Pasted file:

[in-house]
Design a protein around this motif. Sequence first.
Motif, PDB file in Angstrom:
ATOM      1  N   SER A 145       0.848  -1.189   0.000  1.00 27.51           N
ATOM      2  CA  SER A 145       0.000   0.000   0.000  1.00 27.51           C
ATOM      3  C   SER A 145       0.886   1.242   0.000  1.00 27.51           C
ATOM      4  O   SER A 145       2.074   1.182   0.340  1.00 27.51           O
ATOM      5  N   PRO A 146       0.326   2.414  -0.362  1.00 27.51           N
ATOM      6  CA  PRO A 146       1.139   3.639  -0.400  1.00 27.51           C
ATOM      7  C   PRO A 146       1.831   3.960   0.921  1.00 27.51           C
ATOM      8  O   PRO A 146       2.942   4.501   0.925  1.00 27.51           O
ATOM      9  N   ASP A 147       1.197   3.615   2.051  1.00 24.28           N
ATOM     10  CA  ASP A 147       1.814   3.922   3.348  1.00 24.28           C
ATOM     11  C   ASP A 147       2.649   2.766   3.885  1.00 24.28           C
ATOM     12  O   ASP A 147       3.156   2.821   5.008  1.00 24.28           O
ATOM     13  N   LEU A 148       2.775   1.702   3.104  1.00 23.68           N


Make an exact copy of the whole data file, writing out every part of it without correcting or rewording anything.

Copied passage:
[in-house]
Design a protein around this motif. Sequence first.
Motif, PDB file in Angstrom:
ATOM      1  N   SER A 145       0.848  -1.189   0.000  1.00 27.51           N
ATOM      2  CA  SER A 145       0.000   0.000   0.000  1.00 27.51           C
ATOM      3  C   SER A 145       0.886   1.242   0.000  1.00 27.51           C
ATOM      4  O   SER A 145       2.074   1.182   0.340  1.00 27.51           O
ATOM      5  N   PRO A 146       0.326   2.414  -0.362  1.00 27.51           N
ATOM      6  CA  PRO A 146       1.139   3.639  -0.400  1.00 27.51           C
ATOM      7  C   PRO A 146       1.831   3.960   0.921  1.00 27.51           C
ATOM      8  O   PRO A 146       2.942   4.501   0.925  1.00 27.51           O
ATOM      9  N   ASP A 147       1.197   3.615   2.051  1.00 24.28           N
ATOM     10  CA  ASP A 147       1.814   3.922   3.348  1.00 24.28           C
ATOM     11  C   ASP A 147       2.649   2.766   3.885  1.00 24.28           C
ATOM     12  O   ASP A 147       3.156   2.821   5.008  1.00 24.28           O
ATOM     13  N   LEU A 148       2.775   1.702   3.104  1.00 23.68           N